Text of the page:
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Judaism, or that which has united the successive generations of Jews into one people, is not only a religion; it is a dynamic religious civilization.--Mordecai Menachem Kaplan, from Questions Jews Ask (1956) In assessing what their Jewish identities mean to them, Jews today sometimes describe themselves as links in a chain of tradition that stretches back to biblical times. In this collection of biographies of Jewish thinkers from ancient times to the present, the links in that chain come to life through the dramatic stories of 41 shapers of Jewish tradition. From Hillel, whose teaching more than twenty centuries ago set Judaism on its post-biblical course, to Yitzhak Rabin, the Noble Peace Prize-winning Prime Minister of Israel who helped to broker a peace settlement between the Israelis and the Palestinians, these men and women all left an indelible mark on Jewish practice, scholarship, or nationalism.
In individual biographical essays, Naomi Pasachoff explores the contributions of philosophers, poets, and philanthropists; of mystics, statesmen, and scholars; of religious organizers and Zionist leaders. In so doing she uncovers surprising facts about well-known figures. For example, Theodor Herzl is widely honored as the father of the modern state of Israel, but did you know that he once dreamed of leading all the Jews of Vienna to St. Stephan Cathedral to undergo mass baptism? Readers who recognize Rashi as the most famous of all biblical commentators may be startled to learn that his concise style was a function of his tight budget.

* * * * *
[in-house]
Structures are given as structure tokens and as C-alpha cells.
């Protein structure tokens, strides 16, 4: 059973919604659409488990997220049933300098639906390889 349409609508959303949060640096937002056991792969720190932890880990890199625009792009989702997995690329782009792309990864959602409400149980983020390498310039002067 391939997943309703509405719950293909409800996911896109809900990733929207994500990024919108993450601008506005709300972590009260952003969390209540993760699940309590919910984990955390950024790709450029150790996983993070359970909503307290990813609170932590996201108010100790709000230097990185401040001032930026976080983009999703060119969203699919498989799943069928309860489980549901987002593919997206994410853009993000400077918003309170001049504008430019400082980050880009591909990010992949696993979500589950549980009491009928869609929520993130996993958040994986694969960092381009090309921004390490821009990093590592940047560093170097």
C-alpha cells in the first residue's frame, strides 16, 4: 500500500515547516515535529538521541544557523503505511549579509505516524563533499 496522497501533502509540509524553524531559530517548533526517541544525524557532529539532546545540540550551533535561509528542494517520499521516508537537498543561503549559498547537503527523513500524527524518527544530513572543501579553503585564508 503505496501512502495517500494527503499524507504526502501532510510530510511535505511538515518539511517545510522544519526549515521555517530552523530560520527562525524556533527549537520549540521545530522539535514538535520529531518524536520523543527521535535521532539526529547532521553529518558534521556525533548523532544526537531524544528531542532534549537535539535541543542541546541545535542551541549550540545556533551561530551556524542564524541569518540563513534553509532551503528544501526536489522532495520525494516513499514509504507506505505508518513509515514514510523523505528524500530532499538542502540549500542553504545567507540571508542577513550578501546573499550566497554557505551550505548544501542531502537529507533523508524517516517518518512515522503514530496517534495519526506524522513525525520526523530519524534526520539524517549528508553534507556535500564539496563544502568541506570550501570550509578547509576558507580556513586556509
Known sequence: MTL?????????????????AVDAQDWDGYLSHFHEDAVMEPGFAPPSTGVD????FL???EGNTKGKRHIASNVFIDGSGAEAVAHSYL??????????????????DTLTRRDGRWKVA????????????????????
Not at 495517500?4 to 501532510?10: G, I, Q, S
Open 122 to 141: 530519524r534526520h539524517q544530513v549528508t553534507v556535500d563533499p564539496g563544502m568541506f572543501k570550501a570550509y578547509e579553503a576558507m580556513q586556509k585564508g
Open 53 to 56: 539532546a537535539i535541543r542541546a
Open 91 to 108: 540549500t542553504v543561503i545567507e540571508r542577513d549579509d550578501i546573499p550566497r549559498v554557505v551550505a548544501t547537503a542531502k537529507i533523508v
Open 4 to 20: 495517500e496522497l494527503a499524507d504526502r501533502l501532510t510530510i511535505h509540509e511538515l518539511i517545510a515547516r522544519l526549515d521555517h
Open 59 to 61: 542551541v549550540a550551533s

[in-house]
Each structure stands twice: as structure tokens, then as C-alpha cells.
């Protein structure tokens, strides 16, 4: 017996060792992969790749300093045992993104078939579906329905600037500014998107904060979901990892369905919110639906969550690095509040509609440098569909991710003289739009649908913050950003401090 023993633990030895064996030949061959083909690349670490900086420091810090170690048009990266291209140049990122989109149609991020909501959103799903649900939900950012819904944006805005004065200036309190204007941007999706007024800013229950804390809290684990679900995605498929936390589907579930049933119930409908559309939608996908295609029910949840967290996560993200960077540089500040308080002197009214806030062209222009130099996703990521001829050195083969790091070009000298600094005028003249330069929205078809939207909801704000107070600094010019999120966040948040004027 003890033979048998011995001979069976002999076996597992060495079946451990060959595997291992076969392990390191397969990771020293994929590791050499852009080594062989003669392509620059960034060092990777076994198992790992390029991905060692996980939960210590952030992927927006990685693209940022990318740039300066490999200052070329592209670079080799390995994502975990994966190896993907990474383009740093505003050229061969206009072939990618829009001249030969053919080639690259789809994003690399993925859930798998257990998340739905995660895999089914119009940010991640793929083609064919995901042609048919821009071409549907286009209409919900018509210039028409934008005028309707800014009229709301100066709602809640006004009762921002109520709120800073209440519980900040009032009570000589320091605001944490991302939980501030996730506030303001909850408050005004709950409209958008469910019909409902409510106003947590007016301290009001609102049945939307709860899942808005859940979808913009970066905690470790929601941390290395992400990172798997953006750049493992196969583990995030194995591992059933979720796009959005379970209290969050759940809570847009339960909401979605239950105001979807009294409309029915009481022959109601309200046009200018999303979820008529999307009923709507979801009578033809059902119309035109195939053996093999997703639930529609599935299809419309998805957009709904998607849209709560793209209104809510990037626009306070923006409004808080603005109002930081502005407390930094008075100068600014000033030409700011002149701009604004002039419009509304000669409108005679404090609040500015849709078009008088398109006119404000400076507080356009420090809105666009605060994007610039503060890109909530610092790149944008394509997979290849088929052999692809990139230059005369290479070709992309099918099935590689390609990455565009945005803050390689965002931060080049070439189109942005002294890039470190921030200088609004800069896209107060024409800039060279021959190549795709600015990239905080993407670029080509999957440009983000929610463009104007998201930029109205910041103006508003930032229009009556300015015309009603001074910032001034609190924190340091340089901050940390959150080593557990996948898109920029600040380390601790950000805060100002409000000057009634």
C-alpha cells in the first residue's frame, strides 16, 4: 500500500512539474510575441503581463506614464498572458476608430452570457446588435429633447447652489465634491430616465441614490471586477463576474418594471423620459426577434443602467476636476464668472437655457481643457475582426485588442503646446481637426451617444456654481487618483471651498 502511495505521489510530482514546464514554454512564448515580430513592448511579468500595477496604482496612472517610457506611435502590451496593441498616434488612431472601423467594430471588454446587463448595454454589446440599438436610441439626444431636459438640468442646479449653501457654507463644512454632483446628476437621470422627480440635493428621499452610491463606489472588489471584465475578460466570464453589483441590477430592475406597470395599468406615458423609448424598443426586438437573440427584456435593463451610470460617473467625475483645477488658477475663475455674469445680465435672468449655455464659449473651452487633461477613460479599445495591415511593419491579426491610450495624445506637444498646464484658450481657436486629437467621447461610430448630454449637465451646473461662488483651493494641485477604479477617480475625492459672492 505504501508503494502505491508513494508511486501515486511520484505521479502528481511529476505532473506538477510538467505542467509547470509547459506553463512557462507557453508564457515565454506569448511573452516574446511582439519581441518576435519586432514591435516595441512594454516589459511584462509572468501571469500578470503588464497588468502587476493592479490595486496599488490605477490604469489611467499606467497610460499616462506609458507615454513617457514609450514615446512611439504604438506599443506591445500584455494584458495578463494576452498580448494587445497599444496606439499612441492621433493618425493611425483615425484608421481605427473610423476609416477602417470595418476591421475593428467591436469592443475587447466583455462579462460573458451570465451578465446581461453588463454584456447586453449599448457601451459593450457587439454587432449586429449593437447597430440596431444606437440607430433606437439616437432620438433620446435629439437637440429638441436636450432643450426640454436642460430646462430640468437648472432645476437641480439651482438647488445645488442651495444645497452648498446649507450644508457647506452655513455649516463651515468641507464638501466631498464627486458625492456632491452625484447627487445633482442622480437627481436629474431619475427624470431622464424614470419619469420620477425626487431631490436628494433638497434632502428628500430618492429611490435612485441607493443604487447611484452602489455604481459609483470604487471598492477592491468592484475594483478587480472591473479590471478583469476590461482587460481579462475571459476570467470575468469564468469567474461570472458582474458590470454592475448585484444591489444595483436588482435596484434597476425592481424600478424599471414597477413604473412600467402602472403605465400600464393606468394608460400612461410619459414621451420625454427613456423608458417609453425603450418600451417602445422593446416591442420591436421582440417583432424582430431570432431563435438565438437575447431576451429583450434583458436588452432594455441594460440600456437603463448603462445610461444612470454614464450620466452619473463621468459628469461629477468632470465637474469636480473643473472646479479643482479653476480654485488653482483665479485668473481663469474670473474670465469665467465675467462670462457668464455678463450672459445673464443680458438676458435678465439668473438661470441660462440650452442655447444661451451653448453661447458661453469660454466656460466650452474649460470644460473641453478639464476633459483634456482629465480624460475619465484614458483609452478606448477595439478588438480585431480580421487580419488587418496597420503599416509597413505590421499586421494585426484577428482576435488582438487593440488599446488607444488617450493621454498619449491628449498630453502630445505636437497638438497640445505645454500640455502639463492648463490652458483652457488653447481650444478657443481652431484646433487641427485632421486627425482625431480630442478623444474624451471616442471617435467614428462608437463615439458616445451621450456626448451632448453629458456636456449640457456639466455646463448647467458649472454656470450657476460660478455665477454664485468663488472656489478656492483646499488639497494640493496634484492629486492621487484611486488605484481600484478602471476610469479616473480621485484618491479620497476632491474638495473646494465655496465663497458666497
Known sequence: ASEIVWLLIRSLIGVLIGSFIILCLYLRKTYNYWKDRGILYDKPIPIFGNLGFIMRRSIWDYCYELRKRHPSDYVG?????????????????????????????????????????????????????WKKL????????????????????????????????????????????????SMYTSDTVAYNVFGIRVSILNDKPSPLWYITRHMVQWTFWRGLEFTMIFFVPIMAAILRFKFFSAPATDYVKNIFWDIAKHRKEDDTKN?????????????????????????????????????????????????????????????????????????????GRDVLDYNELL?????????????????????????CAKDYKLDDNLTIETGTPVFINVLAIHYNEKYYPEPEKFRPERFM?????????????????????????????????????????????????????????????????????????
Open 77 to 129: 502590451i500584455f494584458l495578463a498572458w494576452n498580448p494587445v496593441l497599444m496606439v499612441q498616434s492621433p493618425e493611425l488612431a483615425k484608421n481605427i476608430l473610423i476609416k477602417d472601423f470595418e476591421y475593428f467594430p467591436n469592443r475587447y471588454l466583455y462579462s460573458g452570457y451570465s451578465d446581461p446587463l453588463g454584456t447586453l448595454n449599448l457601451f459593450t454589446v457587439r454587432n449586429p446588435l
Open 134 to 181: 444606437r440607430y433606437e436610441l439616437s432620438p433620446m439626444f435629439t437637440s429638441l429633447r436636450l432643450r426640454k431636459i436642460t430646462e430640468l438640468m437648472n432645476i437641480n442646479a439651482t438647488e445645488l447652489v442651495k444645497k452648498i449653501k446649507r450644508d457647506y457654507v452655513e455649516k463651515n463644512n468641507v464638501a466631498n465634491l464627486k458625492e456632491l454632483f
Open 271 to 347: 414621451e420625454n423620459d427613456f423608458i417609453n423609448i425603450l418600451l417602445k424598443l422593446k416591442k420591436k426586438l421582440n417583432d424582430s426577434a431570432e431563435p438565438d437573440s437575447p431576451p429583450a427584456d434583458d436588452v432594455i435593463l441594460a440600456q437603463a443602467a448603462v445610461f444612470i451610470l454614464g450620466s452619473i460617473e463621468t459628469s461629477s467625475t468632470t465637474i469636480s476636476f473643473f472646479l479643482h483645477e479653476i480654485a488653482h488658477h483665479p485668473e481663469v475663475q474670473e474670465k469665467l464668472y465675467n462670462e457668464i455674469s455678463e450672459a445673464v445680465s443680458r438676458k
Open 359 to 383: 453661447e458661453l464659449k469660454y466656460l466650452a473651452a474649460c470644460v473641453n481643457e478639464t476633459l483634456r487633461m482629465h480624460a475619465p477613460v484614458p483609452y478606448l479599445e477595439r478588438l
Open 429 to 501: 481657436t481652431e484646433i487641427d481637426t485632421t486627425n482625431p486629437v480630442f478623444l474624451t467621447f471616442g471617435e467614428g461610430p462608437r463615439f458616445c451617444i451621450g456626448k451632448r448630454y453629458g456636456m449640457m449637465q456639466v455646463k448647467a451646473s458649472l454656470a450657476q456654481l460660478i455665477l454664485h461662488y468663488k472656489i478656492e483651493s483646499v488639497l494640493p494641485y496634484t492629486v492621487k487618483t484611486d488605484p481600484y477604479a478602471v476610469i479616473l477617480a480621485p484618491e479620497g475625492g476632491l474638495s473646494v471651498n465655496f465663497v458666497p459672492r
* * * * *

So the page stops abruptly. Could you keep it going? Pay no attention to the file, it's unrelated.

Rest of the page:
The book includes suggestions for further reading, an appendix, a glossary, and an index. Illustrations and photographs accompany the text, and a biographical fact box for each profile provides for easy reference. All these features make Links in the Chain an ideal introduction to Jewish role models for younger readers and a vital reference for all interested in Jewish history. Moreover, the book is a reminder that Jewish tradition is still evolving and that each reader has the potential to contribute to it.
41 extended essays profile the lives and contributions of Jewish heroes, including:
Johanan ben Zakkai, the spiritual and intellectual leader who reshaped Jewish life after the destruction of the Temple in 70 C.E.
Dona Gracia Nasi, the outstanding 16th-century leader who led the equivalent of an underground railroad to lead fugitive Marranos to safety.
Rebecca Gratz, said to have been the model for the character Rebecca in Walter Scott's Ivanhoe, who spearheaded the development of Jewish Sunday schools in the United States.
Leopold Zunz, whose transformation of Jewish scholarship in the 19th century ultimately led to the existence of Judaica departments and programs in major universities.
Lily Montagu, whose unsatisfying Orthodox childhood as a child of privilege in Victorian England transformed her into a 20th-century leader of British and world liberal Judaism.
Isaac Mayer Wise, the early leader of Reform Judaism in the United States, who conceived of and helped bring into existence many of the institutions of contemporary American Judaism.
Eliezer Ben Yehudah, the father of modern Hebrew, who nearly singlehandedly transformed Hebrew from an ancient religious language into a spoken modern one.
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